Since 2012, we have published 144,086 words about how, where, and when Midwest finesse anglers fished in March.
These words focus on the piscatorial endeavors of Rick Allen of Dallas; Linda Allen of Dallas; Ted Becharas of San Diego; Terry Bivins of Lebo, Kansas; Matt Boldra of Conifer, Colorado; Burton Bosley of Sutton, West Virginia; Norman Brown of Lewisville, Texas; Lou Clewell of Roslyn, Pennsylvania; Charlie Croom of Fayetteville, Arkansas; Steve Desch of Topeka, Kansas; Paul Finn of Olathe, Kansas; Shaun Finn of Olathe, Kansas; Brent Frazee of Parkville, Missouri; Merit Goodman of Eudora, Kansas; Bob Gum of Kansas City, Kansas; David Harrison of Lawrence, Kansas; Rick Hebenstreit of Shawnee, Kansas; Thomas Heinen of Topeka, Kansas; Clyde Holscher of Topeka, Kansas; Pok-Chi Lau of Lawrence, Kansas; Joshua Landon Loveall of Columbia, Tennessee; Ralph Manns of Rockwall, Texas; Greg Monahan of Lee’s Summit, Missouri; George Nochta of Santee, California; Dave Petro of Lecompton, Kansas; Mike Poe of Siler City, North Carolina; John Redding of Lawrence, Kansas; Drew Reese of Rantoul, Kansas; Steve Reideler of Denton, Texas; Joel Schroeder of Overland Park, Kansas; John Thomas of Denton, Texas; Mike Trometer of Plano, Texas; Brian Waldman of Coatesville, Indiana; and Dave Weroha of Kansas City, Kansas.
Midwest finesse anglers who ply the flatland reservoirs of northeastern Kansas, as well as at many other locales across the nation, can be bedeviled by either Old Man Winter or Mother Nature's windy ways in March.
What's more, our abilities to find and catch significant numbers of largemouth bass, smallmouth bass, and spotted bass during the first two weeks of March are often problematic.
When our black bass fishing is problematic in March, we suspect that these bass are in transition from their winter haunts and habits to their springtime haunts and habits. And when they are in this transitional phase, they seem to be so widely scattered that it is difficult for us to cross paths with them.
From Mar. 1, 2005 to Mar. 31, 2018, there were 495 days that I could have fished, but for a variety of reasons, I fished only 133 of those days.
The average surface temperature at the flatland reservoirs in northeastern Kansas that we fished during the last 12 days of March in 2008 through March of 2011 was 48.6 degrees. Then in 2012, the average surface temperature for the last 12 days of March was 61.3 degrees. In essence, March of 2012 was nirvana. I was afloat 14 times, and my partners and I tangled with 630 largemouth bass, which is an average of 45 largemouth bass an outing and 11.25 largemouth bass an hour. Of those 630 largemouth bass, 117 of them were caught in four hours on Mar. 30, 2012, when John Reese of Lawrence, Kansas, and I fished a heavily fished exurban community reservoir in northeastern Kansas.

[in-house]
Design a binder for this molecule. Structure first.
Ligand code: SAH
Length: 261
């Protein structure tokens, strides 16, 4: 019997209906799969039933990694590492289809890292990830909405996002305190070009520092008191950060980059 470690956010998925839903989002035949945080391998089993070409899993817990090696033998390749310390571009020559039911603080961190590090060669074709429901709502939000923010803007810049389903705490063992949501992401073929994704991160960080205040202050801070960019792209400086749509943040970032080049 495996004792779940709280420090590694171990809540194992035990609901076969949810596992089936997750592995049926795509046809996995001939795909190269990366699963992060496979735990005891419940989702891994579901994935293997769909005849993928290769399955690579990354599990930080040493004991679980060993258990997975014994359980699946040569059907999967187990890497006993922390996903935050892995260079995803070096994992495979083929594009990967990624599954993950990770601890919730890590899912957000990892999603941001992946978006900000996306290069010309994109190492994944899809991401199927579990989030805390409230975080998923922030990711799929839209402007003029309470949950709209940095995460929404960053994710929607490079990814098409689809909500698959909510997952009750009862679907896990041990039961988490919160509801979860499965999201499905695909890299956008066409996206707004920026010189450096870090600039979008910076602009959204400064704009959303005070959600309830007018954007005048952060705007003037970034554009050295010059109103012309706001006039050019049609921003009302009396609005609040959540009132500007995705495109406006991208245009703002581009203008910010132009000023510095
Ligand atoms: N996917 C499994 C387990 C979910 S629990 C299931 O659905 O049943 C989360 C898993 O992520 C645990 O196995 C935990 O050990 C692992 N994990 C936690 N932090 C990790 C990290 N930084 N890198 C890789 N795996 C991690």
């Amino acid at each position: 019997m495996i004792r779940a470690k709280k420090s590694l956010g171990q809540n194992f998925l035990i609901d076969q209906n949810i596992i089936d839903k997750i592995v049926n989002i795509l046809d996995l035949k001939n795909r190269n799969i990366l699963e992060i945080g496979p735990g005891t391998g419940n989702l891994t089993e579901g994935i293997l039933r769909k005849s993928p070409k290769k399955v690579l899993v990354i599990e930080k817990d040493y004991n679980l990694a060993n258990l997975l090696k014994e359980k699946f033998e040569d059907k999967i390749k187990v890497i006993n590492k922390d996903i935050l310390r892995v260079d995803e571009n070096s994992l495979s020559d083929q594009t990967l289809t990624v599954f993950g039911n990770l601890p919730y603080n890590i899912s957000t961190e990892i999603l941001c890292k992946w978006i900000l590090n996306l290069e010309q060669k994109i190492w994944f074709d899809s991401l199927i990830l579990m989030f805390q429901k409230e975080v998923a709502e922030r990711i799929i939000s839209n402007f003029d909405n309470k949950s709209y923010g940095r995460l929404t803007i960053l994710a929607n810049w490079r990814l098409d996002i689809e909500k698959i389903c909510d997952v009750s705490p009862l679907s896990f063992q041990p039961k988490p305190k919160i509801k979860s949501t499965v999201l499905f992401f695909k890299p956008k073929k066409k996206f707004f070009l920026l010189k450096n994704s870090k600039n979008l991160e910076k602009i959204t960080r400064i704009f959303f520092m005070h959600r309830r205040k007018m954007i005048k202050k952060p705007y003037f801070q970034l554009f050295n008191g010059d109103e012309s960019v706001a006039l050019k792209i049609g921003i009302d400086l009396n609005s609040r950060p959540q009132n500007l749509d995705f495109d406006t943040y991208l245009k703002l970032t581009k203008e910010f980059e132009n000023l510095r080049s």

During the last 12 days of March of 2013 through March of 2019, the average surface temperature at the flatland reservoirs in northeastern Kansas and northwestern Missouri was 49 degrees. But during the March of 2019, the winter weather kept me and my Midwest finesse colleagues at bay until Mar. 18. The most bountiful outing occurred on Mar. 28, 2014, when Brent Frazee of Parkville, Missouri, and I caught 101 largemouth bass at a community reservoir in northwestern Missouri, where the surface temperature ranged from 43 to 45 degrees. On Mar. 24, 2015, Frazee and I caught 75 largemouth bass and 25 rainbow trout at that same reservoir, where the surface temperature ranged from 47 to 50 degrees. Rick Hebenstreit of Shawnee, Kansas, and I caught 94 largemouth bass and nine crappies on Mar. 31, 2016, at a northeastern community reservoir, where the surface temperature ranged from 50 to 52 degrees.
Throughout the Marches of 2017, 2018, and 2019, the weather and largemouth bass fishing in northeastern Kansas and northwestern Missouri was devilishly exasperating. During those three Marches, our most bountiful outing occurred on Mar. 22, 2019, when Bob Gum of Kansas City, Kansas, and I caught 65 largemouth bass and 11 rainbow trout.
In addition to Old Man Winter’s ways, we suspect that the dastardly effects of the largemouth bass virus and the killing of submerged aquatic vegetation are two factors that have adversely affected Midwest finesse anglers’ abilities to catch largemouth bass in northeastern Kansas and northwestern Missouri.
To read about how, when, and where the Midwest finesse anglers in Arkansas, California, Colorado, Indiana, Kansas, Missouri, North Carolina, Texas, and West Virginia fished in Marches of the past, please see their words at the following links.